As much as I enjoy peeking into batches of data and analytics about my website and social media accounts, I just cannot bring myself to pay money to do so. So I’ve resigned myself to using free versions of premium tools (which often times leaves you feeling like the kid with the broken leg at the skating party). But to my surprise I stumbled upon something a little different when it comes to Twitter analytics. I found Twitonomy.
To be fair, let me start off by saying that Twitonomy does have a premium version. However from what I can tell, the premium version mainly allows for some serious data mining by allowing you to export the a wide variety of data into .pdf and Excel files (although some of the data is available for export by users of the free version). It doesn’t really hide away that much data into some secret area that you need to cough up money to see. The free version gives you plenty of information…trust me!
- You can analyze your main Twitter accounts in addition to other Twitter handles (your other ones or even a competitor…whoever!) without having to log in/out, etc.
- Comprehensive information on your account (when it was created, how many hashtags you use, how many links you tweet, and a bevy of other information)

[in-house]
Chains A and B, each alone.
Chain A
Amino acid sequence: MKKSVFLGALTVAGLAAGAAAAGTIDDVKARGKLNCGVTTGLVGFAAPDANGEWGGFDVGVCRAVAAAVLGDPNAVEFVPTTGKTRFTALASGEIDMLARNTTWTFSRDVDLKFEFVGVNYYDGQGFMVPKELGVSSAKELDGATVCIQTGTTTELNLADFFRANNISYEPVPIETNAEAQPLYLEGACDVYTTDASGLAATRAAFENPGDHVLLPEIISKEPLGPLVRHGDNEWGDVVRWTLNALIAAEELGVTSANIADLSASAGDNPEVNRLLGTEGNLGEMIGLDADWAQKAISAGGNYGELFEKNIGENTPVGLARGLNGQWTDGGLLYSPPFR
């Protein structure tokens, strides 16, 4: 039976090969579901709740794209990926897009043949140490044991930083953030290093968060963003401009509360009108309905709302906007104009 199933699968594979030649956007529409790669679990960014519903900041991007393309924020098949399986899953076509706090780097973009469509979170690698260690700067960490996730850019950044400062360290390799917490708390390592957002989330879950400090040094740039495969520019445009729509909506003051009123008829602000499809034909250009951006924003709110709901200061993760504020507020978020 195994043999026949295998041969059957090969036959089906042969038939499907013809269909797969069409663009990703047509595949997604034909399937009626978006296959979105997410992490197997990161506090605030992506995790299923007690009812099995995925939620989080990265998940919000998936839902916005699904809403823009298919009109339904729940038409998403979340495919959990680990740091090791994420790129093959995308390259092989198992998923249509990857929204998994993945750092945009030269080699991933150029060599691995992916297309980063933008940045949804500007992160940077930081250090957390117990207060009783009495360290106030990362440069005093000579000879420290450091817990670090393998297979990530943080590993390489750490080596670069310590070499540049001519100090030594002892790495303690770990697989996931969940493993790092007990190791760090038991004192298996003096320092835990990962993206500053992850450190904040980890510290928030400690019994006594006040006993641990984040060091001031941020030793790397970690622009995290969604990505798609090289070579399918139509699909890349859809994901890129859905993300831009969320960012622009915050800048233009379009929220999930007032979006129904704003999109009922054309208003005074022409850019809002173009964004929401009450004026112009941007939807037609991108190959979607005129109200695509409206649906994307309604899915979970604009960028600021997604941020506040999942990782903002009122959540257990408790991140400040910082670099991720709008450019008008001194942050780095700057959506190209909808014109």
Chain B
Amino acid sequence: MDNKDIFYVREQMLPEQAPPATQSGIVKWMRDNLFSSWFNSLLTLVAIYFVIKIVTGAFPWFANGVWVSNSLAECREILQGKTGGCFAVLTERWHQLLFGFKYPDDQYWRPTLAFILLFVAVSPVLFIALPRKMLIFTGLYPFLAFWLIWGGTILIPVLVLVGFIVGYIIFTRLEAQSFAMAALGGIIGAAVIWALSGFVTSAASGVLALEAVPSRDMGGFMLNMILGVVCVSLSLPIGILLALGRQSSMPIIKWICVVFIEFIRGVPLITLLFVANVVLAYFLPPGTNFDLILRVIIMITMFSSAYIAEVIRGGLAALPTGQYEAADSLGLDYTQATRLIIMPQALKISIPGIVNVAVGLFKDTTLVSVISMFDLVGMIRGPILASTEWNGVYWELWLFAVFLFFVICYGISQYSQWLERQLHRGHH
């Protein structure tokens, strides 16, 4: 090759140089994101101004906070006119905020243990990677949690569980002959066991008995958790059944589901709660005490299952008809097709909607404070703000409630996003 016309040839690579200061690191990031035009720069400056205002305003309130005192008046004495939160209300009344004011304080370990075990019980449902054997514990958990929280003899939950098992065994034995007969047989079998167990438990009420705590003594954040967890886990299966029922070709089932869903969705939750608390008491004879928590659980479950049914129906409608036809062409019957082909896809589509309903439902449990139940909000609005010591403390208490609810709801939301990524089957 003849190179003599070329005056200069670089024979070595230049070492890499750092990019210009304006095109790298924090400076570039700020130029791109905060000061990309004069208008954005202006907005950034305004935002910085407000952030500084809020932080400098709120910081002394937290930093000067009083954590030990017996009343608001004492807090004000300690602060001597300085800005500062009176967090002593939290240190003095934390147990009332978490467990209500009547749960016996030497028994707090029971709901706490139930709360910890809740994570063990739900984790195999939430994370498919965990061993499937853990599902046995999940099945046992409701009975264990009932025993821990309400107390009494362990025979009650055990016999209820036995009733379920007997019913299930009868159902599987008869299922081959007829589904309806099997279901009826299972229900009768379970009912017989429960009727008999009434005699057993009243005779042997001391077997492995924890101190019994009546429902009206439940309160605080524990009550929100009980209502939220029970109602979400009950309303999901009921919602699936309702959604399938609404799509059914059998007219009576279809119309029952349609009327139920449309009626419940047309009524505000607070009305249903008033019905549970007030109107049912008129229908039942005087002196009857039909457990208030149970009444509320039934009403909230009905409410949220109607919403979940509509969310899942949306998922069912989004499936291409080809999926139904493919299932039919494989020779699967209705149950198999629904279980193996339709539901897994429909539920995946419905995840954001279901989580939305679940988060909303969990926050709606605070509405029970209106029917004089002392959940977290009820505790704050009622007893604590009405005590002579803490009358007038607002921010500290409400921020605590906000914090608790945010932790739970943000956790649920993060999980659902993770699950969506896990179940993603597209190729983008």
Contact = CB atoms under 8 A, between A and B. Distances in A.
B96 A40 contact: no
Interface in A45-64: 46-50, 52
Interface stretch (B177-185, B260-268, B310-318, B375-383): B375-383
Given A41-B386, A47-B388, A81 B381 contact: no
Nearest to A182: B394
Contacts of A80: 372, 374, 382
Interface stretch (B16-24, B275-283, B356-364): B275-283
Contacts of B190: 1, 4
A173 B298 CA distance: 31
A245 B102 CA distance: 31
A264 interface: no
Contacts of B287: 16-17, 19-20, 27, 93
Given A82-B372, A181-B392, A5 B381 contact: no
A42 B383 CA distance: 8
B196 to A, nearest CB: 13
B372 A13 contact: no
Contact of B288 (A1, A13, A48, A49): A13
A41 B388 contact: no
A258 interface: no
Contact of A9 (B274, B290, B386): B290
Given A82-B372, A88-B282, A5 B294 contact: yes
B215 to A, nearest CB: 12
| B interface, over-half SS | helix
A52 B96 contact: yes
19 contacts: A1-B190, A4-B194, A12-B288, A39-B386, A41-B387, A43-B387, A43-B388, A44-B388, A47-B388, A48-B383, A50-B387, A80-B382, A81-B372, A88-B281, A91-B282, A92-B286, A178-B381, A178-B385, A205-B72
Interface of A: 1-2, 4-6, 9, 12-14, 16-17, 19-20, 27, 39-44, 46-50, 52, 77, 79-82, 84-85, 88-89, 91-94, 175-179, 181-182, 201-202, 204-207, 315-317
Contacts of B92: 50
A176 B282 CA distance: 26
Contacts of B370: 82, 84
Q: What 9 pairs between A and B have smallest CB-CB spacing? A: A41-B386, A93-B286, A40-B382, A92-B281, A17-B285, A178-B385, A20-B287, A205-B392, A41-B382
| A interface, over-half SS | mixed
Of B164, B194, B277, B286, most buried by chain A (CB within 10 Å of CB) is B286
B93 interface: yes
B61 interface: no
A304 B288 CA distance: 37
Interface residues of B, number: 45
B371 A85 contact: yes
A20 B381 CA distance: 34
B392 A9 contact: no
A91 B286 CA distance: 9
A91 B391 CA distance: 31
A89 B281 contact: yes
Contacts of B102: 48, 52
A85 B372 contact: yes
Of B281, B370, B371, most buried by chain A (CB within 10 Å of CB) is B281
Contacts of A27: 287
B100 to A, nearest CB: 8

- An incredibly cool feature where you can geo-locate/map the people who mentioned you in their tweets (here’s the link to my map if you want to see)
- Statistics on your potential user reach (in my case, it is 1,380,647 – which is the total aggregate number of followers of the people who have mentioned me….which is mind blowing!)
You can also generate charts quite quickly and easily….even though they are on the basic looking side. Here is an example…a chart of my tweeting activity over two years:
The main issue I have with Twitonomy is that the interface is not the best looking out there. It is very “busy” looking…not very organized…and lots of tiny action buttons (like the one I used to generate the chart above) with even tinier print on them. However I have no issue trading looks for function…and the interface will be easy to improve (and I hope they do improve it) based on the foundation of the metrics.
So for the first time in a long time (probably since discovering Google Analytics), I’ve felt satisfied with an online metrics tool; especially for Twitter. Give it a go. Hey, it won’t cost you a penny, I promise!